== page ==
Upgrading to Windows 7 Saves Money, Boosts Productivity
Article by George Norman
On 28 May 2012
Microsoft continues to try and convince businesses that it is not a good idea to stick with the now quite old Windows XP operating system. The Redmond-based software giant brought up two important reasons why any business should migrate from Windows XP to Windows 7: money and productivity.

“Mitigating Risk: Why Sticking with Windows XP is a Bad Idea” is a whitepaper released by analyst firm IDC and sponsored by Microsoft (download it here). After interviewing 9 large organizations that deployed both Windows XP and Windows 7, IDC quantified the IT and end user costs of sticking with XP instead of migrating to Windows 7. Or to put it in other words, the whitepaper takes a close look at the risks, user productivity costs and IT labor costs associated with businesses running XP instead of Windows 7.

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According to the whitepaper, refusing to migrate from Windows XP to Windows 7 will cost a business money. The costs associated with continuing to support XP (that would be the base IT and end user labor costs) are five times more than running Windows 7. The longer a business waits to migrate, the bigger the expenses of supporting XP get. While staying on XP is an expensive investment, using Windows 7 leads to saving money. Businesses that migrate from Windows XP to Windows 7 will see significant return on investment over 130 percent over a three-year period.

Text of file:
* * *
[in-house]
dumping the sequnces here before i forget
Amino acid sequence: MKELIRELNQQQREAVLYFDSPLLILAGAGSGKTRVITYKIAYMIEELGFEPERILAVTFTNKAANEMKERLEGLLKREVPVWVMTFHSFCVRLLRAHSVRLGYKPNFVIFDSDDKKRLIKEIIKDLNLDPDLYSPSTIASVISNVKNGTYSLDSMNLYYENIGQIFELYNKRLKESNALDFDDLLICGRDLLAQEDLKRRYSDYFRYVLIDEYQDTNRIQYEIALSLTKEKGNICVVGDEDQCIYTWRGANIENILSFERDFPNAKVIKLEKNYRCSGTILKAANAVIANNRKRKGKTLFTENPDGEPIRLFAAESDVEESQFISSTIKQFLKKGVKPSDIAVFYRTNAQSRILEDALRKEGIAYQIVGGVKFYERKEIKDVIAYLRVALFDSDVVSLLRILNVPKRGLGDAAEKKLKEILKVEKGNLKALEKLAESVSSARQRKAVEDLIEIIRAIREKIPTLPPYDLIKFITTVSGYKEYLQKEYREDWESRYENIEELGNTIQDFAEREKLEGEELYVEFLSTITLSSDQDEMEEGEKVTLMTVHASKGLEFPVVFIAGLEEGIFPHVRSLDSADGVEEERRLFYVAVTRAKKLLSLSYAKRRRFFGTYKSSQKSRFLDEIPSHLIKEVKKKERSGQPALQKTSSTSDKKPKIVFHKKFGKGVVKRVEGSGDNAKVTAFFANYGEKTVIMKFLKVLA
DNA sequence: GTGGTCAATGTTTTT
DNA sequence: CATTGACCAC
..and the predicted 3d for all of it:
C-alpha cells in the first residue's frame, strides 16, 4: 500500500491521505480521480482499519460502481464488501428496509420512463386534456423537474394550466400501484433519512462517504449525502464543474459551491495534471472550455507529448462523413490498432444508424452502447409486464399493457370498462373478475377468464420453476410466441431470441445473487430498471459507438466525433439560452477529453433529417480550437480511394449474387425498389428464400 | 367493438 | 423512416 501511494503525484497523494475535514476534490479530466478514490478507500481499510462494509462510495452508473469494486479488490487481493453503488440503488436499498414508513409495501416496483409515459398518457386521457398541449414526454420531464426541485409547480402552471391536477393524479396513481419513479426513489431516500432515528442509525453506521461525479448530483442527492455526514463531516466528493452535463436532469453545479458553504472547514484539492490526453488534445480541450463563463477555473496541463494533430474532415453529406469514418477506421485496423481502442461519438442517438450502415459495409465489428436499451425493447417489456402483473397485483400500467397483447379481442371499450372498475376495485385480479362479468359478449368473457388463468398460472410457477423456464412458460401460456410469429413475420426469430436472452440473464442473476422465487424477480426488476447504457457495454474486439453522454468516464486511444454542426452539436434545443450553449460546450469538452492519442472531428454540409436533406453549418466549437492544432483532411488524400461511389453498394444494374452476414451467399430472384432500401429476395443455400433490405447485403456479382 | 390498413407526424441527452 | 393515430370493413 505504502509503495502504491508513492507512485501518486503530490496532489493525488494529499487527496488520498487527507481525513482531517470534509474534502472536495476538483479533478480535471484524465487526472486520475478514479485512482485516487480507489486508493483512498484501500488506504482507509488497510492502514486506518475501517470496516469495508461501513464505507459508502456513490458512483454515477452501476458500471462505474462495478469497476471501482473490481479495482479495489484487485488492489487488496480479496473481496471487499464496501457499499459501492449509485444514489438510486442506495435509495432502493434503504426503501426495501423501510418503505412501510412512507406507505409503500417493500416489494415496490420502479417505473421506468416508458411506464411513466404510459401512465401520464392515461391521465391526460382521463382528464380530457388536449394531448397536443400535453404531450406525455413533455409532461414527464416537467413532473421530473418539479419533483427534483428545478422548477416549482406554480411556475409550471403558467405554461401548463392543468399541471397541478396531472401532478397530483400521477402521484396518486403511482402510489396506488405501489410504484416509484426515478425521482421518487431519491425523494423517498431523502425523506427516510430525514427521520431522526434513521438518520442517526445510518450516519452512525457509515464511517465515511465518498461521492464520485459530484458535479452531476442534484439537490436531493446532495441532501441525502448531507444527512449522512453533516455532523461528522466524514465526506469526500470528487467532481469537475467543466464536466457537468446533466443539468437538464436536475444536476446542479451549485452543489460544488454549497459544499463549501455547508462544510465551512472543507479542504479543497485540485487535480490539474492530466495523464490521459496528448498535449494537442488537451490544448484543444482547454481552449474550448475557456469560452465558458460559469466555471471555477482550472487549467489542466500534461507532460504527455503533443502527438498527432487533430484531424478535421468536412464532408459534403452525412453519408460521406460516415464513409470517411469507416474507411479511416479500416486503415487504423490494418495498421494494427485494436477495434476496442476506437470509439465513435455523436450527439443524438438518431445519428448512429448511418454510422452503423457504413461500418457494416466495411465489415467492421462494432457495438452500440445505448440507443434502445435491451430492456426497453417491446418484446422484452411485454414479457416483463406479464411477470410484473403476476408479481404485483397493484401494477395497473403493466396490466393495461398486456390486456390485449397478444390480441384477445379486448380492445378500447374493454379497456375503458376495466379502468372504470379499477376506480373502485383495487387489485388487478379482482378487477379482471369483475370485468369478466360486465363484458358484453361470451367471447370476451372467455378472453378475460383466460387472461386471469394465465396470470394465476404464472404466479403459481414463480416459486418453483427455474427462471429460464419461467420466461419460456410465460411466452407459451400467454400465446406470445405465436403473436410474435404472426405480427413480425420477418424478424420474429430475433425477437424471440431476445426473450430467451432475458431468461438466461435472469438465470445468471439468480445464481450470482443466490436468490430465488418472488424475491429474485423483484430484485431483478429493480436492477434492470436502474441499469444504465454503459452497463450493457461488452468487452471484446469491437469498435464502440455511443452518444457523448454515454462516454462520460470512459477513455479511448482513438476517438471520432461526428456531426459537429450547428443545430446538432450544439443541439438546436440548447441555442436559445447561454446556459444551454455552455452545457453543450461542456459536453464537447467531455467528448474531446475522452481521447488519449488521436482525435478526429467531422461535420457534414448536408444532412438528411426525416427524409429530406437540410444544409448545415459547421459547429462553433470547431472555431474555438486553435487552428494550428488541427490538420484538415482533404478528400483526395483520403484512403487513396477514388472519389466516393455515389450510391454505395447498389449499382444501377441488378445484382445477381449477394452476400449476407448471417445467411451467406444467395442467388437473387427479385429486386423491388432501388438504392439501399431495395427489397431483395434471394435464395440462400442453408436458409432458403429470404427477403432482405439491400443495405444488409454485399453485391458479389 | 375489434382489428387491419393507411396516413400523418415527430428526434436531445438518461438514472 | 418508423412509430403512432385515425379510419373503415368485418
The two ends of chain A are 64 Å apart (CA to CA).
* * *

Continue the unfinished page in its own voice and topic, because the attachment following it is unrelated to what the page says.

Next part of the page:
Windows XP is now more than a decade old. Businesses that adopted the operating system when it was launched, noticed productivity gains. More than 10 years later, sticking with XP leads to productivity loss. Because Windows 7 does more than XP and because it runs on faster and better performing hardware, employees can get things done faster. With Windows 7 the IT department can more efficiently help employees in need, and that translates to increased efficiency as well. According to the whitepaper, the single largest component in loss of productivity in downtime-related activities is the help desk operation, followed by resolving downtime issues.

The conclusion is that with Windows 7 a business will save money, get a significant return on investment, and will see an increased productivity. Or as the IDC put it: “Organizations that continue to retain a Windows XP environment not only are leaving themselves exposed to security risks and support challenges, but also are waiting budget dollars that would be better used in modernizing their IT investments.”




Tags: Microsoft, Windows 7, Windows XP, migrate, upgrade
About the author: George Norman
George is a news editor.
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